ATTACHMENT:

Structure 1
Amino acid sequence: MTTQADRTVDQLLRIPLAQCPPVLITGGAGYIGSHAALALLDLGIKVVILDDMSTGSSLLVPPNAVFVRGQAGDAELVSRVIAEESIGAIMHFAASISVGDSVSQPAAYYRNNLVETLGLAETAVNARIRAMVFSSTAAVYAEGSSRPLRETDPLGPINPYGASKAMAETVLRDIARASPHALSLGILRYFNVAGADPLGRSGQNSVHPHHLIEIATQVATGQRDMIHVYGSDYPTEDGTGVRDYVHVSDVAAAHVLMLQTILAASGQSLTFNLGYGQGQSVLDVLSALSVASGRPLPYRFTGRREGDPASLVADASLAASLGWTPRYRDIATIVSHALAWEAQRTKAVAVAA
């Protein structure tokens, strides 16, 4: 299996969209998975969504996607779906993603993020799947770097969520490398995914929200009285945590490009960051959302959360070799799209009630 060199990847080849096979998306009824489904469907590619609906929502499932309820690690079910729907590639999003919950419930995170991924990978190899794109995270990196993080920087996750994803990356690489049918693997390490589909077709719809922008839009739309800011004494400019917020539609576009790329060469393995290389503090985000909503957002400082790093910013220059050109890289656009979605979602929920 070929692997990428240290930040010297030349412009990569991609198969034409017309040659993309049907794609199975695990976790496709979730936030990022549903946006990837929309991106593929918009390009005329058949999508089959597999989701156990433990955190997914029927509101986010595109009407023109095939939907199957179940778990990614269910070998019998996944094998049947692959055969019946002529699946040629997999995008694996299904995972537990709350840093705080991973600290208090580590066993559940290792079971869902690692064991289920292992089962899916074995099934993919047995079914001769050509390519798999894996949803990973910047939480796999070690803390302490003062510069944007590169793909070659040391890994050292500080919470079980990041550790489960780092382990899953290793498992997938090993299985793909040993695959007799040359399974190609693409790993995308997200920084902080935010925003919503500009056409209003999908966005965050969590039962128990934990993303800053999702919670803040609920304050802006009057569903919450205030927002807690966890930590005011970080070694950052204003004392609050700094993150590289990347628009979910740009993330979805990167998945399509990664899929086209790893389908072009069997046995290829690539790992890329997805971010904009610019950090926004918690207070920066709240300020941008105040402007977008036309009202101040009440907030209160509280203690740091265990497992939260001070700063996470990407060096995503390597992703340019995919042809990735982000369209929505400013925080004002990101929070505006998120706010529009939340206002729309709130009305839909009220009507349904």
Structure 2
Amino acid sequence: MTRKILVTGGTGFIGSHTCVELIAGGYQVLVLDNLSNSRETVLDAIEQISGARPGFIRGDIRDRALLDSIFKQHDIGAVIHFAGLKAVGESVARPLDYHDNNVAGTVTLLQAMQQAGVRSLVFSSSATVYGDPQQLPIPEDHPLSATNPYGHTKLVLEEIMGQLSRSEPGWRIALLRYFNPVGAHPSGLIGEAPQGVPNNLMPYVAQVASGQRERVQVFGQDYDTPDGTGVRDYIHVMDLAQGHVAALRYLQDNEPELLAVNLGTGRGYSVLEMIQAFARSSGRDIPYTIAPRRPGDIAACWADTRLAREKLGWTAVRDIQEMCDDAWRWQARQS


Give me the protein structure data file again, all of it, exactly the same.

Structure 1
Amino acid sequence: MTTQADRTVDQLLRIPLAQCPPVLITGGAGYIGSHAALALLDLGIKVVILDDMSTGSSLLVPPNAVFVRGQAGDAELVSRVIAEESIGAIMHFAASISVGDSVSQPAAYYRNNLVETLGLAETAVNARIRAMVFSSTAAVYAEGSSRPLRETDPLGPINPYGASKAMAETVLRDIARASPHALSLGILRYFNVAGADPLGRSGQNSVHPHHLIEIATQVATGQRDMIHVYGSDYPTEDGTGVRDYVHVSDVAAAHVLMLQTILAASGQSLTFNLGYGQGQSVLDVLSALSVASGRPLPYRFTGRREGDPASLVADASLAASLGWTPRYRDIATIVSHALAWEAQRTKAVAVAA
């Protein structure tokens, strides 16, 4: 299996969209998975969504996607779906993603993020799947770097969520490398995914929200009285945590490009960051959302959360070799799209009630 060199990847080849096979998306009824489904469907590619609906929502499932309820690690079910729907590639999003919950419930995170991924990978190899794109995270990196993080920087996750994803990356690489049918693997390490589909077709719809922008839009739309800011004494400019917020539609576009790329060469393995290389503090985000909503957002400082790093910013220059050109890289656009979605979602929920 070929692997990428240290930040010297030349412009990569991609198969034409017309040659993309049907794609199975695990976790496709979730936030990022549903946006990837929309991106593929918009390009005329058949999508089959597999989701156990433990955190997914029927509101986010595109009407023109095939939907199957179940778990990614269910070998019998996944094998049947692959055969019946002529699946040629997999995008694996299904995972537990709350840093705080991973600290208090580590066993559940290792079971869902690692064991289920292992089962899916074995099934993919047995079914001769050509390519798999894996949803990973910047939480796999070690803390302490003062510069944007590169793909070659040391890994050292500080919470079980990041550790489960780092382990899953290793498992997938090993299985793909040993695959007799040359399974190609693409790993995308997200920084902080935010925003919503500009056409209003999908966005965050969590039962128990934990993303800053999702919670803040609920304050802006009057569903919450205030927002807690966890930590005011970080070694950052204003004392609050700094993150590289990347628009979910740009993330979805990167998945399509990664899929086209790893389908072009069997046995290829690539790992890329997805971010904009610019950090926004918690207070920066709240300020941008105040402007977008036309009202101040009440907030209160509280203690740091265990497992939260001070700063996470990407060096995503390597992703340019995919042809990735982000369209929505400013925080004002990101929070505006998120706010529009939340206002729309709130009305839909009220009507349904």
Structure 2
Amino acid sequence: MTRKILVTGGTGFIGSHTCVELIAGGYQVLVLDNLSNSRETVLDAIEQISGARPGFIRGDIRDRALLDSIFKQHDIGAVIHFAGLKAVGESVARPLDYHDNNVAGTVTLLQAMQQAGVRSLVFSSSATVYGDPQQLPIPEDHPLSATNPYGHTKLVLEEIMGQLSRSEPGWRIALLRYFNPVGAHPSGLIGEAPQGVPNNLMPYVAQVASGQRERVQVFGQDYDTPDGTGVRDYIHVMDLAQGHVAALRYLQDNEPELLAVNLGTGRGYSVLEMIQAFARSSGRDIPYTIAPRRPGDIAACWADTRLAREKLGWTAVRDIQEMCDDAWRWQARQS